Photography by Beata Mazur
Answered by The Twoks’ Mark Leahy
Have there been any challenges to being limited to drums, violin and vocals? If so, how have you overcome these challenges?
It’s true — there are a few challenges. The obvious one being filling out the sound of the band, but that challenge is really an opportunity —an opportunity to be original and to embrace the weirdness and limitations that we have as this line up. There is a great freedom in limitations and together we have learned to love that.
What do you love most about the Melbourne music scene?
I love the scale and the quality of the music scene. I’m proud of the city and I’m proud of how important music is to Melbournians. There is a great gig on every night somewhere in Melbourne without question. It’s a brilliant, supportive, diverse, competitive and original music scene; I wouldn’t change a thing.
How did you two meet and what clinched the musical partnership?
We met a few years back. We were introduced by a mutual musician friend. For the most part Xani and I didn’t really mix in the same circles music wise, but she was in need of a drummer. So we met up and played some tunes in a rehearsal room. My playing was awful that first night , but I really liked the music Xani was making and the direction she wanted to take it in. Luckily she hung in there with me. I can’t speak for Xani but for me the partnership was clinched that first time I got to play with her.
You’ve expressed your love for Melbourne music venues. Is there a particular favourite in mind?
I couldn’t give a particular favourite. There are so many amazing ones: big, small and in-between. I love the Tote, Howler, the Rainbow, the Social club, Bella Union, the Espy, etc. I must also give a special mention to Bennetts Lane who were the first venue to take a punt on the Twoks and give us a gig.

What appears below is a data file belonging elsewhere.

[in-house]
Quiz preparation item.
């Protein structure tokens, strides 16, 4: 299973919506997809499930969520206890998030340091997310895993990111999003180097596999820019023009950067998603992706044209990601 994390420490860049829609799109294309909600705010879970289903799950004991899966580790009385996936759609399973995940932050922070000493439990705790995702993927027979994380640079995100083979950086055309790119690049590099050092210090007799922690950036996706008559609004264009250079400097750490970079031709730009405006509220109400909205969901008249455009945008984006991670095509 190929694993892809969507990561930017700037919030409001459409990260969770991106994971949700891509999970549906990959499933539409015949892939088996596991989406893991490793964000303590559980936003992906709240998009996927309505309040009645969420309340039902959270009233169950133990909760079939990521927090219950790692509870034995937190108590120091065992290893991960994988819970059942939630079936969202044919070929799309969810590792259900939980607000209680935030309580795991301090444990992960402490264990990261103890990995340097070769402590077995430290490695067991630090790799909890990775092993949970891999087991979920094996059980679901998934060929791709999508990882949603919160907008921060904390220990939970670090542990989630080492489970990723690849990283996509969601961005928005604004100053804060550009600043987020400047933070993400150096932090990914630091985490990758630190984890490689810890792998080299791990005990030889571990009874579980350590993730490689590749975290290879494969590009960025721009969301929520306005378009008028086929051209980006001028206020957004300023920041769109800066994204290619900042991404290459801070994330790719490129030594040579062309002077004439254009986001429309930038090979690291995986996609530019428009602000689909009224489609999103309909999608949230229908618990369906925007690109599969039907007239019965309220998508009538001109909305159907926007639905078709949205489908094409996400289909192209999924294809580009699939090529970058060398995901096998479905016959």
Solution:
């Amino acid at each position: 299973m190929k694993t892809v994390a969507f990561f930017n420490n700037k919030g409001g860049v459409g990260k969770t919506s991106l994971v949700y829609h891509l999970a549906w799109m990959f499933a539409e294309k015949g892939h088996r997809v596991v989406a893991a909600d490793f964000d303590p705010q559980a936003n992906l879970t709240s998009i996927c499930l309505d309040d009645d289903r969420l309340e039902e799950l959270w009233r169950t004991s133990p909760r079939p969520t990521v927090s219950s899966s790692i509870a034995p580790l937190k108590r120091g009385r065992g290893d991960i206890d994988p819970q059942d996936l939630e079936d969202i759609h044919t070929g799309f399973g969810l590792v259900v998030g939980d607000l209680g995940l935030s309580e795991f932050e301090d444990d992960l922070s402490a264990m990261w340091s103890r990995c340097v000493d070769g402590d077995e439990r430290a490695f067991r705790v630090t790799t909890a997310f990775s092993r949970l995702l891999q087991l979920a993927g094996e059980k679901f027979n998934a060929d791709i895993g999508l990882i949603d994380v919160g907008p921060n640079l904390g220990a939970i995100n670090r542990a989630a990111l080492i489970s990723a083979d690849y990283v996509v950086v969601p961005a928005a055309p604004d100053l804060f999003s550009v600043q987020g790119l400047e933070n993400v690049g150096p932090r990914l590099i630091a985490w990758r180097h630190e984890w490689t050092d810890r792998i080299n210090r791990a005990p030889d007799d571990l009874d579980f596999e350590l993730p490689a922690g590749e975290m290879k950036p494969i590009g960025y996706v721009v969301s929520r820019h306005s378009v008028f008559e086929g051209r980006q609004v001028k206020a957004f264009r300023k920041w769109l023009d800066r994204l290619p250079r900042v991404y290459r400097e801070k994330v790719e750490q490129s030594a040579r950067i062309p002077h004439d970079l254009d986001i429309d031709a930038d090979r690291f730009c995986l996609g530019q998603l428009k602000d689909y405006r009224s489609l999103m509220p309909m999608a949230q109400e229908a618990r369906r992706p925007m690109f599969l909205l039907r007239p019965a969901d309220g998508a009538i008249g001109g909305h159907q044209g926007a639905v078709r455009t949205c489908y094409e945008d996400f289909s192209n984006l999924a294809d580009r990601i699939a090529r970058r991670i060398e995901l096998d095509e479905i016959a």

You’ve expressed your struggles when it comes to recording. How did you overcome these concerns when recording your 2014 EP First Light?
Well with the recording of First Light there were two main things that helped us along. The first was that we would treat the studio as a performance space and perform as we do when we play before an audience. The second was building trust with a great producer. Tony Buchen produced First Light and it was really great. He was challenging, inspiring, whip-cracking and brilliant. But most importantly there was a great amount of trust between us.
Your live show is known to be rather impressive and engaging. What is the best advice you can offer other performers when playing live?
That’s great to hear — I hope people do feel that way about our live shows. Live shows are really important to us. My only bit of advice would be to be authentic. I think that is what audiences really crave. The truer we are to the good bits and the bad bits of The Twoks the better things go for us. That seems to work for us anyway…
You handle your own publicity and marketing. What are some of the biggest advantages and disadvantages to this D.I.Y approach?
The biggest advantage to being D.I.Y is that no-one knows you better than you do. Once you really understand your message and what you are about it’s easy to be true to who you are and spread that word. The main disadvantage is the amount of work it is. There is no shying away from that. Some days it would be great just to hand that off and get on with writing songs or something more creative. But it can’t always be that way.
How valuable is self-promotion to an artist’s career?
It is very valuable, but it is very difficult. Self-promoting is not something that comes easy to either of us in the band. But for the most part you have to back yourself and believe that you are doing something important. All the other stuff usually follows on from there.
Keep up to date with The Twoks here